Plantronics' Savor Bluetooth Headset Speaks with iPhone, Android

By Cameron Sturdevant  |  Posted 2010-10-18 Print this article Print

Plantronics' Savor M1100 Bluetooth Headset speaks and uses voice commands along with Vocalyst integration to take hands-free to a new level.

The Plantronics Savor M1100 Bluetooth headset is a stylish and powerful smartphone accessory that can accept voice commands and respond in spoken language to status requests. When combined with the Vocalyst voice-and-text service, the headset yields a practically magical, nearly hands-free user experience.

The Savor M1100, which weighs a featherlight 9 grams, worked seamlessly with both an Apple iPhone and an Android-based smartphone. When used with the iPhone, the Savor battery life was also displayed as an icon next to the iPhone battery icon. This Bluetooth feature is expected to be added to the Android OS soon.

For images of the Savor M1100 in action, click here.

The Savor M1100 was announced September 27 and is available now for $99.

The Savor uses three microphones that are governed by Plantronics Audio IQ3 and DSP to overcome ambient noise. In my test calls using both an Apple iPhone and a Sanyo ZIO Android smartphone on the Sprint network, my callers sounded clear in the headset. Callers, likewise, reported that I was easy to understand. Pairing the headset to the phones was straightforward and easy to do using Plantronics Multipoint connection pairing procedure, which let me connect to either phone handset.

After turning on the headset, a pleasant voice immediately confirmed that action and also announced the amount of talk time left on the headset. Incoming calls were announced and immediately followed with a spoken list of options to either accept or reject the call. Voice interactions with the headset were immediate and accurate. Plantronics has created a simple and elegant voice-interaction system that was helpful without seeming needlessly redundant.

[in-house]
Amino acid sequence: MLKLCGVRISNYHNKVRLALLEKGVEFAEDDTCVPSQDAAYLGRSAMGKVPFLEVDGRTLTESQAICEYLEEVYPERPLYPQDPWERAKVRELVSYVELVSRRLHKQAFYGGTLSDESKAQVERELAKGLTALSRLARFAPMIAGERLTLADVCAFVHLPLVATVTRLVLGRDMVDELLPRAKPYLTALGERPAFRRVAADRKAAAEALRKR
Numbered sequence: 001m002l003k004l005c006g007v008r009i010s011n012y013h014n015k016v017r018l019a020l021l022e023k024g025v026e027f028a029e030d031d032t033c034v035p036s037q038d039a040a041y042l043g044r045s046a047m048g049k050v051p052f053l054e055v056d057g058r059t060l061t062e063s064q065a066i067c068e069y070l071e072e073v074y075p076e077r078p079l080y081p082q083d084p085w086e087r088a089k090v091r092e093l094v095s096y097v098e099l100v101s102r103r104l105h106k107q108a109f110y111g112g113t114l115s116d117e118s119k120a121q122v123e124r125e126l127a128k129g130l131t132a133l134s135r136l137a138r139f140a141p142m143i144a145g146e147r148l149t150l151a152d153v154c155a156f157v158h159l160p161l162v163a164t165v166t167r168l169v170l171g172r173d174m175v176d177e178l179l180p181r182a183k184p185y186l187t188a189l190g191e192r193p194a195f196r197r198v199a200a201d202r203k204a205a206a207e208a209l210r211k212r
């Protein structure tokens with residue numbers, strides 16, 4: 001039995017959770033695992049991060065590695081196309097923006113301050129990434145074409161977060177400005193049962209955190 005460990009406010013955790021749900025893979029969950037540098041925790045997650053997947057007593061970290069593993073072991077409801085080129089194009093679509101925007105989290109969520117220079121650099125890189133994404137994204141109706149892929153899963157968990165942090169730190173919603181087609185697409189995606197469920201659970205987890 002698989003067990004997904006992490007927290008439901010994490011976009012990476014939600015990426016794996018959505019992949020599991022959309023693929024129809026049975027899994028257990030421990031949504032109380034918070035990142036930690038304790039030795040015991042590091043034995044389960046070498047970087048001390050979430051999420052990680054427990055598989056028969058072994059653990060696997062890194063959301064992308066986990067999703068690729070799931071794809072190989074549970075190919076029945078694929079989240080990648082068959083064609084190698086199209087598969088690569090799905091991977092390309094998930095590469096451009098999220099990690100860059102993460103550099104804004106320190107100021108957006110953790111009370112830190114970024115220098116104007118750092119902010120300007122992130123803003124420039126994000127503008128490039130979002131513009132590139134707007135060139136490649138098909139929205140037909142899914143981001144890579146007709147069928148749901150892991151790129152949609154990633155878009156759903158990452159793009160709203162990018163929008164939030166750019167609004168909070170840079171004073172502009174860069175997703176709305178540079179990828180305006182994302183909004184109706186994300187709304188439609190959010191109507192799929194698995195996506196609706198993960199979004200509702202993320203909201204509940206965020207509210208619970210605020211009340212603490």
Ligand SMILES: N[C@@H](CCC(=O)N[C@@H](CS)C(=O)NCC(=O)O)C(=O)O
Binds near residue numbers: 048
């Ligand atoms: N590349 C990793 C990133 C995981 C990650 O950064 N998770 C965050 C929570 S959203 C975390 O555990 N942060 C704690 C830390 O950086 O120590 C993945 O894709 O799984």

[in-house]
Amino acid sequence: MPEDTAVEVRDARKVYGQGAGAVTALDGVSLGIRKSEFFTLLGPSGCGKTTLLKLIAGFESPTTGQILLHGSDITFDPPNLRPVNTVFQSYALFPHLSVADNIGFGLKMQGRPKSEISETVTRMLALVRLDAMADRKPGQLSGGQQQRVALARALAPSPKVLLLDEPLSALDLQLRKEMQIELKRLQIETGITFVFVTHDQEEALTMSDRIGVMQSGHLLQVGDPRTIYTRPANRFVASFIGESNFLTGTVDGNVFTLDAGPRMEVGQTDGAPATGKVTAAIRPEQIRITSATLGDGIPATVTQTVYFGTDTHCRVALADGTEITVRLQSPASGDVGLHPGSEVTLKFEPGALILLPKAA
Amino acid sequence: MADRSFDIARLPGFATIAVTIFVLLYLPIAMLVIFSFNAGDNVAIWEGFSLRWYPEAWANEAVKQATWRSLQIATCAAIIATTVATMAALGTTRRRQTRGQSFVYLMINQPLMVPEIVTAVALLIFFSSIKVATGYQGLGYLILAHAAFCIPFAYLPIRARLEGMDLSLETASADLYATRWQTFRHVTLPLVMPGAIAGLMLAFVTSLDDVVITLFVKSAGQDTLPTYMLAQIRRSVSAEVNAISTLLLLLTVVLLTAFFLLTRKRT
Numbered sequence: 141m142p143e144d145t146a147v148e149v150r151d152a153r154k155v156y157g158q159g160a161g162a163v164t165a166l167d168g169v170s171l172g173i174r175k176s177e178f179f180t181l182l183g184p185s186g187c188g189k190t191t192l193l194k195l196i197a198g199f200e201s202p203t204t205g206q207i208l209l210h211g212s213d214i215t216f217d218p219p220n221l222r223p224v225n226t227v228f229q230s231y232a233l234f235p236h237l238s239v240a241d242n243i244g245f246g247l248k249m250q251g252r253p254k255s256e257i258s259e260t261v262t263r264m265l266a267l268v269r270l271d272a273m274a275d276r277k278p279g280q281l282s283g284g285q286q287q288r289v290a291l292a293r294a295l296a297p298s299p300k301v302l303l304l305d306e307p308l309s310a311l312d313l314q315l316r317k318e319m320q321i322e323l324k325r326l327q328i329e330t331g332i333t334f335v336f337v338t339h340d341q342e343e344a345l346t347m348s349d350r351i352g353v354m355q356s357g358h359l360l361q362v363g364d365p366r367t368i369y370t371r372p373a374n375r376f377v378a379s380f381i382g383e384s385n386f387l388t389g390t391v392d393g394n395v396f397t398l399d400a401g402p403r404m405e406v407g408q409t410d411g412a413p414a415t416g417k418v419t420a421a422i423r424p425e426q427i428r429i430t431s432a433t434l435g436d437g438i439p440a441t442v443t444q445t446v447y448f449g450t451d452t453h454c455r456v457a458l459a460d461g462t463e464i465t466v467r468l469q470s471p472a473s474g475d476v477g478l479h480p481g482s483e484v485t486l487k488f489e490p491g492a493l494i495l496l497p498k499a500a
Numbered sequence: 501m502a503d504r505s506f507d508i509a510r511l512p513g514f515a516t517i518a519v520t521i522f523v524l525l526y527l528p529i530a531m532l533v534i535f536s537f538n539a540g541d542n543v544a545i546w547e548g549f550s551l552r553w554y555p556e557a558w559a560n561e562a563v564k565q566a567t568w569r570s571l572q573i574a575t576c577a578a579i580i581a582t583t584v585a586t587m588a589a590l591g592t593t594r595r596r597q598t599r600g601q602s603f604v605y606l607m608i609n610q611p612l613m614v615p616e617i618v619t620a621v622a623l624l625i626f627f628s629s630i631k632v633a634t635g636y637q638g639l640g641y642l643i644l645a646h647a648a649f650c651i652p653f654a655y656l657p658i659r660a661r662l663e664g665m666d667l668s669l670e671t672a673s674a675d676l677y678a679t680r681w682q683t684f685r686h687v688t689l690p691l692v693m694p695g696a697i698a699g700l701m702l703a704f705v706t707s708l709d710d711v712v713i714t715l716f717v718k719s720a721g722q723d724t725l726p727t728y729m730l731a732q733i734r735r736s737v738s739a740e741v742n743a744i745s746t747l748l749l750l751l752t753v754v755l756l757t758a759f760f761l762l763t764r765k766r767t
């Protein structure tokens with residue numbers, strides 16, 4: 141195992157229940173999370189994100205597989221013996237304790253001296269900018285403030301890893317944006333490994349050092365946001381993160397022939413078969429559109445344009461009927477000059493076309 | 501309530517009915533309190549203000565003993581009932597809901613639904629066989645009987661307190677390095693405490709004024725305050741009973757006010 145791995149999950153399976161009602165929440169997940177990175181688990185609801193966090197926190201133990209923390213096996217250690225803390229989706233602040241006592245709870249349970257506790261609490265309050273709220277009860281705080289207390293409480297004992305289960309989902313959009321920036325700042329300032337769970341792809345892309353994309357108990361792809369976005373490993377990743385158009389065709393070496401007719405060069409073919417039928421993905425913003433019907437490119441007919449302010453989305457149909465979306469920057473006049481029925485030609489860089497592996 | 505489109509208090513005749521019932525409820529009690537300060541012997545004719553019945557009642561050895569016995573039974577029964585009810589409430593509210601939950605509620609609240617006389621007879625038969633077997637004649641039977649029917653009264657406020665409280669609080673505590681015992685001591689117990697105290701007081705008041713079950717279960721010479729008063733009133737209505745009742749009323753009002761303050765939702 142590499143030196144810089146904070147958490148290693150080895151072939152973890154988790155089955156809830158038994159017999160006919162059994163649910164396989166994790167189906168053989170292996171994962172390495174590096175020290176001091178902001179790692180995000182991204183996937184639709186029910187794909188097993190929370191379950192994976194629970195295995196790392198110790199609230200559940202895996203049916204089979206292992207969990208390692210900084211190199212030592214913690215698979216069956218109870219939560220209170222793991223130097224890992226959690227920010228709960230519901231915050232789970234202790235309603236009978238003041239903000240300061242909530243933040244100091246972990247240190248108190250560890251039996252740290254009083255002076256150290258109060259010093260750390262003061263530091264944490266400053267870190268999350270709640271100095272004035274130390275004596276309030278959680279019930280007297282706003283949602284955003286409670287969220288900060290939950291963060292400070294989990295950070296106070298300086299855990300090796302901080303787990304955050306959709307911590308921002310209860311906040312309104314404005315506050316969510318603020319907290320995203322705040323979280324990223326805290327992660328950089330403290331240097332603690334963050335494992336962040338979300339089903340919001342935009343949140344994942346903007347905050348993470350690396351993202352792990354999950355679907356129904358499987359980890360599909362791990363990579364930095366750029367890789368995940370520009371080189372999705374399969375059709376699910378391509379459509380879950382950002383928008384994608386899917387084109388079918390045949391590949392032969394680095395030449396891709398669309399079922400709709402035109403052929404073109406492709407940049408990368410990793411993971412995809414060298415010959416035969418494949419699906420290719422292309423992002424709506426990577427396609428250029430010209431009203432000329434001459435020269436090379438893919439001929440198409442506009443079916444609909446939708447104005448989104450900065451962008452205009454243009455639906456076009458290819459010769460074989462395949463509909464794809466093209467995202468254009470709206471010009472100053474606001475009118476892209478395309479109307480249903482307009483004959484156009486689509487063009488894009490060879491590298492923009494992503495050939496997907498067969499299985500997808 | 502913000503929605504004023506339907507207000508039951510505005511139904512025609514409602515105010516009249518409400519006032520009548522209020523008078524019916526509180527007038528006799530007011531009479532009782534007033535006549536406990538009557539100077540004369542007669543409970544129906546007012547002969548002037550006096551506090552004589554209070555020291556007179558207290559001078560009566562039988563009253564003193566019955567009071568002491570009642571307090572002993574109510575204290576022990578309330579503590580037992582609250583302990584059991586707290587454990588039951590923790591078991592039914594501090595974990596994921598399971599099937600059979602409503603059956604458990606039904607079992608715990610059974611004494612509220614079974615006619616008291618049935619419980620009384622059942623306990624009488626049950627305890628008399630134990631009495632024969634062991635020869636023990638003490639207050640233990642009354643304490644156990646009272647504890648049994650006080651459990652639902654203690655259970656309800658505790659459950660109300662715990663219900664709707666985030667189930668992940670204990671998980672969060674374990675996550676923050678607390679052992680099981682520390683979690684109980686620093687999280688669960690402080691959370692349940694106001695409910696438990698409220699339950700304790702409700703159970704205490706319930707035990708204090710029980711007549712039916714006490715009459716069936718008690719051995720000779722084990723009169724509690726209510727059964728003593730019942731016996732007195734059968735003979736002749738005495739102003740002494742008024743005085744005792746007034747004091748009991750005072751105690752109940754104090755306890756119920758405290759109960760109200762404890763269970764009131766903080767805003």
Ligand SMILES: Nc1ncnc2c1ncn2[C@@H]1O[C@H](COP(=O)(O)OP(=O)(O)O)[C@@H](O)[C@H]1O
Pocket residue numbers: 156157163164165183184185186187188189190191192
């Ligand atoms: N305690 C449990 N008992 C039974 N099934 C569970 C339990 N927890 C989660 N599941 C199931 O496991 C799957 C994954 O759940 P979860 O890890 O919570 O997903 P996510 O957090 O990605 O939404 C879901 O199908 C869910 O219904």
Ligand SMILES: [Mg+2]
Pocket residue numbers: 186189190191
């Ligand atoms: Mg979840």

With a single tap of the rocker switch I was greeted with, "Say a command." If I hesitated for more than ten seconds I was reminded that I could ask, "What can I say?" to get a list of voice commands. Among other things, I could check the battery life, call information, and find out which phone the headset was connected to. My favorite command, however, was, "Call Vocalyst."

The Vocalyst system is a voice-and-text service that is set up using a Web portal. I created a list of three favorite contacts with phone numbers and email addresses, configured my weather, news and sports, and linked the system to my primary phone. Although the Savor M1100 can be paired with multiple devices, the Vocalyst service works only with a single enrolled phone number.

The Vocalyst system is a substantially provided by Dial2Do, but is nonetheless an impressive addition to the sub-$100 Savor. Using the Savor headset and 1-year complimentary subscription provided in the box, I was able to text and email (voice attachments sent as an email) to my pre-defined contacts. The service was able to read email messages and Tweets to me over the headset. As well, I was able to get news and sports information. The email reading system was nothing less than astounding, both in pronunciation and inflection based on punctuation. I could tell it was a robot, but a robot that had gone to the same Henry Higgins school of elocution as Eliza Doolittle did.

Cameron Sturdevant Cameron Sturdevant is the executive editor of Enterprise Networking Planet. Prior to ENP, Cameron was technical analyst at PCWeek Labs, starting in 1997. Cameron finished up as the eWEEK Labs Technical Director in 2012. Before his extensive labs tenure Cameron paid his IT dues working in technical support and sales engineering at a software publishing firm . Cameron also spent two years with a database development firm, integrating applications with mainframe legacy programs. Cameron's areas of expertise include virtual and physical IT infrastructure, cloud computing, enterprise networking and mobility. In addition to reviews, Cameron has covered monolithic enterprise management systems throughout their lifecycles, providing the eWEEK reader with all-important history and context. Cameron takes special care in cultivating his IT manager contacts, to ensure that his analysis is grounded in real-world concern. Follow Cameron on Twitter at csturdevant, or reach him by email at

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